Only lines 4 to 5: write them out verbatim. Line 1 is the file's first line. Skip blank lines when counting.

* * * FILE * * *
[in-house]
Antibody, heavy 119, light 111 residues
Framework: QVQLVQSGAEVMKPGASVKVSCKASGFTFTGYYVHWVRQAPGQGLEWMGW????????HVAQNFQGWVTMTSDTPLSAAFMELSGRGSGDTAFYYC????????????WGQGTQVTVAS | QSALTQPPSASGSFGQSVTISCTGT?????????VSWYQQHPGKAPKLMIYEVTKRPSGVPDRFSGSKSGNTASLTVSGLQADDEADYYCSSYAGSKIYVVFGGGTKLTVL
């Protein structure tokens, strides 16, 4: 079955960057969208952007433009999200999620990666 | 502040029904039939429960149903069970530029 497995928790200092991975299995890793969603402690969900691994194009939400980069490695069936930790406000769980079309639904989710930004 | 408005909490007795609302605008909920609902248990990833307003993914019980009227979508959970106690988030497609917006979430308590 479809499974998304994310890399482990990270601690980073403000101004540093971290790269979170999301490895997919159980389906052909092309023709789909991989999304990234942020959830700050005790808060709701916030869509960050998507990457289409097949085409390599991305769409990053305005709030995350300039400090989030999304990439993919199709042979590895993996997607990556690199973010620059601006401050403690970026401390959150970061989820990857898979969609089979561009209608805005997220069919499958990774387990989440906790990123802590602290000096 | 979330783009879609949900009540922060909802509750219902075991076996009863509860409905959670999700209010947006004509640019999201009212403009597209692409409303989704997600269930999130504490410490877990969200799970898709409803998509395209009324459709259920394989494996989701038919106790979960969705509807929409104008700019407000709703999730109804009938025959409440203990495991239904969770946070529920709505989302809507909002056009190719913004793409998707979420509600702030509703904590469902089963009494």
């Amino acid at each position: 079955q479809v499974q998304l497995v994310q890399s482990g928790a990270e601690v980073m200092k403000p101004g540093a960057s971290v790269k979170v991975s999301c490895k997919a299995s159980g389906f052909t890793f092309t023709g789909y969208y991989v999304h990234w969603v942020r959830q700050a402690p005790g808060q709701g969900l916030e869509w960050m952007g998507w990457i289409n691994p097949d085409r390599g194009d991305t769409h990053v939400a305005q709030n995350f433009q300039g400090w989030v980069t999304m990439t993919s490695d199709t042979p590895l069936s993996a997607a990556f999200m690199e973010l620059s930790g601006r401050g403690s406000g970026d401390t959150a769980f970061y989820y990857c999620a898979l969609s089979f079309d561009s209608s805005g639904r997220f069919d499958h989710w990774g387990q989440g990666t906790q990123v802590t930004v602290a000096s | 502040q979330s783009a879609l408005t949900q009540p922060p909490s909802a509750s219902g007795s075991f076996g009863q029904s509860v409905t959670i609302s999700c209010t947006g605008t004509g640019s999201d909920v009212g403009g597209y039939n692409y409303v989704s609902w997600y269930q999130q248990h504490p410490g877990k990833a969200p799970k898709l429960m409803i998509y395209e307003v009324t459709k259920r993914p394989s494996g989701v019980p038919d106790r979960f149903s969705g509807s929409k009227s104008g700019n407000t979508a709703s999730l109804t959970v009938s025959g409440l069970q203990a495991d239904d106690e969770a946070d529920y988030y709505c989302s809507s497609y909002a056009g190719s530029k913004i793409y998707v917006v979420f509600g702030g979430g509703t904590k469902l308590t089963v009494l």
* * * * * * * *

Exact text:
């Protein structure tokens, strides 16, 4: 079955960057969208952007433009999200999620990666 | 502040029904039939429960149903069970530029 497995928790200092991975299995890793969603402690969900691994194009939400980069490695069936930790406000769980079309639904989710930004 | 408005909490007795609302605008909920609902248990990833307003993914019980009227979508959970106690988030497609917006979430308590 479809499974998304994310890399482990990270601690980073403000101004540093971290790269979170999301490895997919159980389906052909092309023709789909991989999304990234942020959830700050005790808060709701916030869509960050998507990457289409097949085409390599991305769409990053305005709030995350300039400090989030999304990439993919199709042979590895993996997607990556690199973010620059601006401050403690970026401390959150970061989820990857898979969609089979561009209608805005997220069919499958990774387990989440906790990123802590602290000096 | 979330783009879609949900009540922060909802509750219902075991076996009863509860409905959670999700209010947006004509640019999201009212403009597209692409409303989704997600269930999130504490410490877990969200799970898709409803998509395209009324459709259920394989494996989701038919106790979960969705509807929409104008700019407000709703999730109804009938025959409440203990495991239904969770946070529920709505989302809507909002056009190719913004793409998707979420509600702030509703904590469902089963009494």
């Amino acid at each position: 079955q479809v499974q998304l497995v994310q890399s482990g928790a990270e601690v980073m200092k403000p101004g540093a960057s971290v790269k979170v991975s999301c490895k997919a299995s159980g389906f052909t890793f092309t023709g789909y969208y991989v999304h990234w969603v942020r959830q700050a402690p005790g808060q709701g969900l916030e869509w960050m952007g998507w990457i289409n691994p097949d085409r390599g194009d991305t769409h990053v939400a305005q709030n995350f433009q300039g400090w989030v980069t999304m990439t993919s490695d199709t042979p590895l069936s993996a997607a990556f999200m690199e973010l620059s930790g601006r401050g403690s406000g970026d401390t959150a769980f970061y989820y990857c999620a898979l969609s089979f079309d561009s209608s805005g639904r997220f069919d499958h989710w990774g387990q989440g990666t906790q990123v802590t930004v602290a000096s | 502040q979330s783009a879609l408005t949900q009540p922060p909490s909802a509750s219902g007795s075991f076996g009863q029904s509860v409905t959670i609302s999700c209010t947006g605008t004509g640019s999201d909920v009212g403009g597209y039939n692409y409303v989704s609902w997600y269930q999130q248990h504490p410490g877990k990833a969200p799970k898709l429960m409803i998509y395209e307003v009324t459709k259920r993914p394989s494996g989701v019980p038919d106790r979960f149903s969705g509807s929409k009227s104008g700019n407000t979508a709703s999730l109804t959970v009938s025959g409440l069970q203990a495991d239904d106690e969770a946070d529920y988030y709505c989302s809507s497609y909002a056009g190719s530029k913004i793409y998707v917006v979420f509600g702030g979430g509703t904590k469902l308590t089963v009494l």